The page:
(RALEIGH, N.C.) – Members of the North Carolina House of Representatives filed a bill this week to prevent the State Health Plan (Plan) from proceeding with its initiative to save $300 million for the Plan and another $66 million for teachers, state troopers and other state and local public servants.
The state treasurer's initiative, known as the Clear Pricing Project, was announced in October of last year and passed unanimously by the State Health Plan's Board of Trustees. Beginning January 1, 2020, the Plan will move away from a commercial-based payment model to a reference-based government pricing model tied to Medicare rates. Health care providers will be reimbursed for their services at Medicare rates plus an average profit of 77%. Reference-based pricing is intended to provide transparency in provider rates by indexing fees to a published schedule. This payment model helps support independent primary care physicians, behavioral science specialists and critical access hospitals by increasing their pay.
H.B. 184 would prohibit the Plan from implementing or utilizing “… any reference-based pricing model to reimburse providers …" through the end of 2021. In fact, the legislation requires the Plan to continue purchasing health care services for its members using the secret high prices in confidential contracts between Blue Cross NC and health care providers. The legislation would create a joint study committee consisting of 16 members appointed by the legislature and various interest groups. The state treasurer would be a non-voting member. The committee would be required to issue a report by April 1, 2020, but no recommendations could be implemented until 2022 at the earliest.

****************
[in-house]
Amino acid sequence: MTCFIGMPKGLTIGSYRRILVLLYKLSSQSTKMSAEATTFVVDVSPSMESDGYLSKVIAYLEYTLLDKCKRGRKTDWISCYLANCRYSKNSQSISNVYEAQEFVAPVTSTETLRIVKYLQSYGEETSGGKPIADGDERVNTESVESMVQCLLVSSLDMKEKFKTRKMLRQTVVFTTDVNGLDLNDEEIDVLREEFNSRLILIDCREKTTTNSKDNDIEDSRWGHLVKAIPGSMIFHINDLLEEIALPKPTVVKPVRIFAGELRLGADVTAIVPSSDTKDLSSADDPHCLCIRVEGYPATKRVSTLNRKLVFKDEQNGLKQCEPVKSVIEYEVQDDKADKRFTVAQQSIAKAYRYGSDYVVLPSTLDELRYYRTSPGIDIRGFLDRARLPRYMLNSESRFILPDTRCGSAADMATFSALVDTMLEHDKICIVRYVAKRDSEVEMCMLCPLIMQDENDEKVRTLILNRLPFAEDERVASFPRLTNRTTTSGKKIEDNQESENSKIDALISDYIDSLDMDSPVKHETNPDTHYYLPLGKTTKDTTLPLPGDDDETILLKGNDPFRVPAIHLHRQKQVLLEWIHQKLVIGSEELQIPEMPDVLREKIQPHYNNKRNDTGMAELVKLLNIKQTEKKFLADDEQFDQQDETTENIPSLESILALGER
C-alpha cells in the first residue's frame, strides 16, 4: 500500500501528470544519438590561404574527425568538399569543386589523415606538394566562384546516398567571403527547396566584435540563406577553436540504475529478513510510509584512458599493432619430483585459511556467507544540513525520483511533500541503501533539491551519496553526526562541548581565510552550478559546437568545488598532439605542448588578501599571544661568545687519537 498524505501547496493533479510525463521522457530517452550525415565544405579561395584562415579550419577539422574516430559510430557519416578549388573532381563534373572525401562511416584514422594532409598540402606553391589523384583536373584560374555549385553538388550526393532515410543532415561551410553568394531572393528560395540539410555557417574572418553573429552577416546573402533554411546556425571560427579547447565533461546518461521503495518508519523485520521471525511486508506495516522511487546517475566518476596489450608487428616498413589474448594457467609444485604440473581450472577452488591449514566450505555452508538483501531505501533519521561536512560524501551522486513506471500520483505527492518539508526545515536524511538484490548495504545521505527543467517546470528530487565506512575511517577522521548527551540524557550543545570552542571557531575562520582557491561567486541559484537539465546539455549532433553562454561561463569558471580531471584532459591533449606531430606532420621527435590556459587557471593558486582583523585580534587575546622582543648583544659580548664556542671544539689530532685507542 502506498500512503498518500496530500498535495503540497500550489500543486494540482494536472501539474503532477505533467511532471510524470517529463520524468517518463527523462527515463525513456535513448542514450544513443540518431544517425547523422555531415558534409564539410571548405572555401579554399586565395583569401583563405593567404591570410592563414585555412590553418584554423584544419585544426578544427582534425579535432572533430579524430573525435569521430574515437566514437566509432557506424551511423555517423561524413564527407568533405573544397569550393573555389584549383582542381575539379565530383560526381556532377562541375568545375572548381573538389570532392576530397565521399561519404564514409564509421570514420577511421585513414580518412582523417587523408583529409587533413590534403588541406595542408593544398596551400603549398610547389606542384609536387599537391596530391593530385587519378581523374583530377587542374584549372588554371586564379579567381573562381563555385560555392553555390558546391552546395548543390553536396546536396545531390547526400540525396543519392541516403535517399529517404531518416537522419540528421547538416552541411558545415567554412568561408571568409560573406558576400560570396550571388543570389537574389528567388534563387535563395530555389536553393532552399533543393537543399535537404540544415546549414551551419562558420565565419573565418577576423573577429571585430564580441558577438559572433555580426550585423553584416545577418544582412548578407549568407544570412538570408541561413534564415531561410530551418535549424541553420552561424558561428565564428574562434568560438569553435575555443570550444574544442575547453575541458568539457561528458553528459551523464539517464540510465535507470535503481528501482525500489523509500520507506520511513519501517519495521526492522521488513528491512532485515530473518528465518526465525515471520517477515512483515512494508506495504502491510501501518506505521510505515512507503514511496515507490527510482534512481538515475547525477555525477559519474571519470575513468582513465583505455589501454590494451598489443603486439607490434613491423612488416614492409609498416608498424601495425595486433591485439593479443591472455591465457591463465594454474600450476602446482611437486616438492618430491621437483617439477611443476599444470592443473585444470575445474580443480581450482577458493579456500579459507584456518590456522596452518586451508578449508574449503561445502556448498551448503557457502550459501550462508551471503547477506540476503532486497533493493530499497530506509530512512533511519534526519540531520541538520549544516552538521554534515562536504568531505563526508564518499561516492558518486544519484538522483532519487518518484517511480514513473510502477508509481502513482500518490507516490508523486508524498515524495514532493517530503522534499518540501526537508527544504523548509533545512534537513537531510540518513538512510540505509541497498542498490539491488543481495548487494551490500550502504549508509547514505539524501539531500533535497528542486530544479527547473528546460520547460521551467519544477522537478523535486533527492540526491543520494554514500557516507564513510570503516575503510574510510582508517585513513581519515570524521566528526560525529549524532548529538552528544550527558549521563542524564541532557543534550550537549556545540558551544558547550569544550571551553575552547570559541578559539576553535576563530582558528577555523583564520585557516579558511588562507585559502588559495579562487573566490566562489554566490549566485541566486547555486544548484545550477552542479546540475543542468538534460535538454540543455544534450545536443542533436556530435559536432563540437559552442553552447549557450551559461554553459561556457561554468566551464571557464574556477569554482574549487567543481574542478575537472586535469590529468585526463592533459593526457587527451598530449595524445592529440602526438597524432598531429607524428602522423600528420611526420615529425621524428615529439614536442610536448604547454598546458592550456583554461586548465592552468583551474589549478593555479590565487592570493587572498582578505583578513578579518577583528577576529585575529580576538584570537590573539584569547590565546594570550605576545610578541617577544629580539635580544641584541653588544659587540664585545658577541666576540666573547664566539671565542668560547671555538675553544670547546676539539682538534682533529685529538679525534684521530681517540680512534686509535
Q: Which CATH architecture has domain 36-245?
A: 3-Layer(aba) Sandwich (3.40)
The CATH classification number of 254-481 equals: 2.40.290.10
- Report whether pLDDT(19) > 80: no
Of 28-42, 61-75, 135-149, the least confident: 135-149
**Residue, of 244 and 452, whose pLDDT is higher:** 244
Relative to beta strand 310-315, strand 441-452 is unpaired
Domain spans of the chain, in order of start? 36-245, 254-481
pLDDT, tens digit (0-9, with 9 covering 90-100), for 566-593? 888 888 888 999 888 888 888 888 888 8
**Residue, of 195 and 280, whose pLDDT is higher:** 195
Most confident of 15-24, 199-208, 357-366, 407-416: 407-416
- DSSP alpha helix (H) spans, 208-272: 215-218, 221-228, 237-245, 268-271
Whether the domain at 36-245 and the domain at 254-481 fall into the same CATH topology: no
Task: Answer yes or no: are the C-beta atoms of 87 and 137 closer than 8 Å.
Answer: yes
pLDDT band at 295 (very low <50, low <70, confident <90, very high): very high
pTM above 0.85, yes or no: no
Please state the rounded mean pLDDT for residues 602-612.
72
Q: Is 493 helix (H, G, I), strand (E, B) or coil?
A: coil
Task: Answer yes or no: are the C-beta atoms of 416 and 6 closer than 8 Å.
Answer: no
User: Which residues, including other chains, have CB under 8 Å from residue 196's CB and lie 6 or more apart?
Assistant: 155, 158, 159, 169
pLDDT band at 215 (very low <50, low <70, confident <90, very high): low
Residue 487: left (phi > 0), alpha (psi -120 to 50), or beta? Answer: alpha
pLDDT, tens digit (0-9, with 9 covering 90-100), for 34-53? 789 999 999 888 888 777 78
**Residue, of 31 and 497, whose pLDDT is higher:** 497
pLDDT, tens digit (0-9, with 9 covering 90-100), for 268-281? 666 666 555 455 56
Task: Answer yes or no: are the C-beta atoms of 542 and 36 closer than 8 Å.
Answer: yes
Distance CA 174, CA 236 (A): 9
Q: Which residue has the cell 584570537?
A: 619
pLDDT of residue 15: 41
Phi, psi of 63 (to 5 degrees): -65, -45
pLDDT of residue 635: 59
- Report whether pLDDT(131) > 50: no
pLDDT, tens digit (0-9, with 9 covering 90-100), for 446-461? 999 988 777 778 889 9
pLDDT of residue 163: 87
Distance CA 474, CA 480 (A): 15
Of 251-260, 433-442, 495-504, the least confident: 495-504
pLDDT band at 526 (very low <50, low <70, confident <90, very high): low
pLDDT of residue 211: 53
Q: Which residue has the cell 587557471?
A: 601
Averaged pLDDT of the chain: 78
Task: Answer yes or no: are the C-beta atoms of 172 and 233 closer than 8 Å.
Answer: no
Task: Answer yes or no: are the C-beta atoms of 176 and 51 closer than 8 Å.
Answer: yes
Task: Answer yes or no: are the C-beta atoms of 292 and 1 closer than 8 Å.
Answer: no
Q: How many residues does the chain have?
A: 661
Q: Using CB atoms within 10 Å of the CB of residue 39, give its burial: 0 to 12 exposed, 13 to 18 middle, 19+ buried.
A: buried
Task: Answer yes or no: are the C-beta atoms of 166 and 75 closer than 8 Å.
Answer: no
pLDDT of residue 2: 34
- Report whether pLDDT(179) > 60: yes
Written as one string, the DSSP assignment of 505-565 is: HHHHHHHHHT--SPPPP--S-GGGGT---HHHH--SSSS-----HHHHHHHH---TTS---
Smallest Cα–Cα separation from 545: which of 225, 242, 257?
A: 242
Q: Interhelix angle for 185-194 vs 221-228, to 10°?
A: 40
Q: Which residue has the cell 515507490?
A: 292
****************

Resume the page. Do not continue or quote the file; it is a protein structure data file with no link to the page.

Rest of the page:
“This legislation locks in a failed and bankrupt system resulting in less transparency, higher costs, and more control for many who've been using the State Health Plan to increase their profits for decades," said Treasurer Folwell. “It ignores the fact that the Plan is right behind Illinois in per capita debt, owing more than $30 billion. It forces entry level teachers, state troopers and other state employees to continue to have to work one week out of the month just to afford the family premium."
Prior to 2012, the North Carolina General Assembly administered the Plan. However, in 2011 it was recognized that having additional oversight was necessary to run the Plan more efficiently. Subsequently, legislation was passed moving the Plan to the N.C. Department of State Treasurer. H.B. 184 would largely reverse that legislation, bringing the General Assembly back to a more active role in administering the Plan. Taxpayers currently spend around $3.4 billion to provide health care coverage to more than 727,000 Plan members. If H.B. 184 is passed and signed into law, the legislature will need to spend an additional $1.3 billion in taxpayer funds over the next five years to keep the Plan from going bankrupt.
“As keepers of the public purse, we don't have millions of dollars to spend on advertising and lobbying," said Treasurer Folwell. “What we offer is devotion to good government and a promise to the people that we will do everything in our power to attack the problem and make health care more affordable and transparent for public employees."
The State Health Plan, a division of the N.C. Department of State Treasurer, provides health care coverage to more than 727,000 teachers, current and former lawmakers, state university and community college personnel, retirees and their dependents.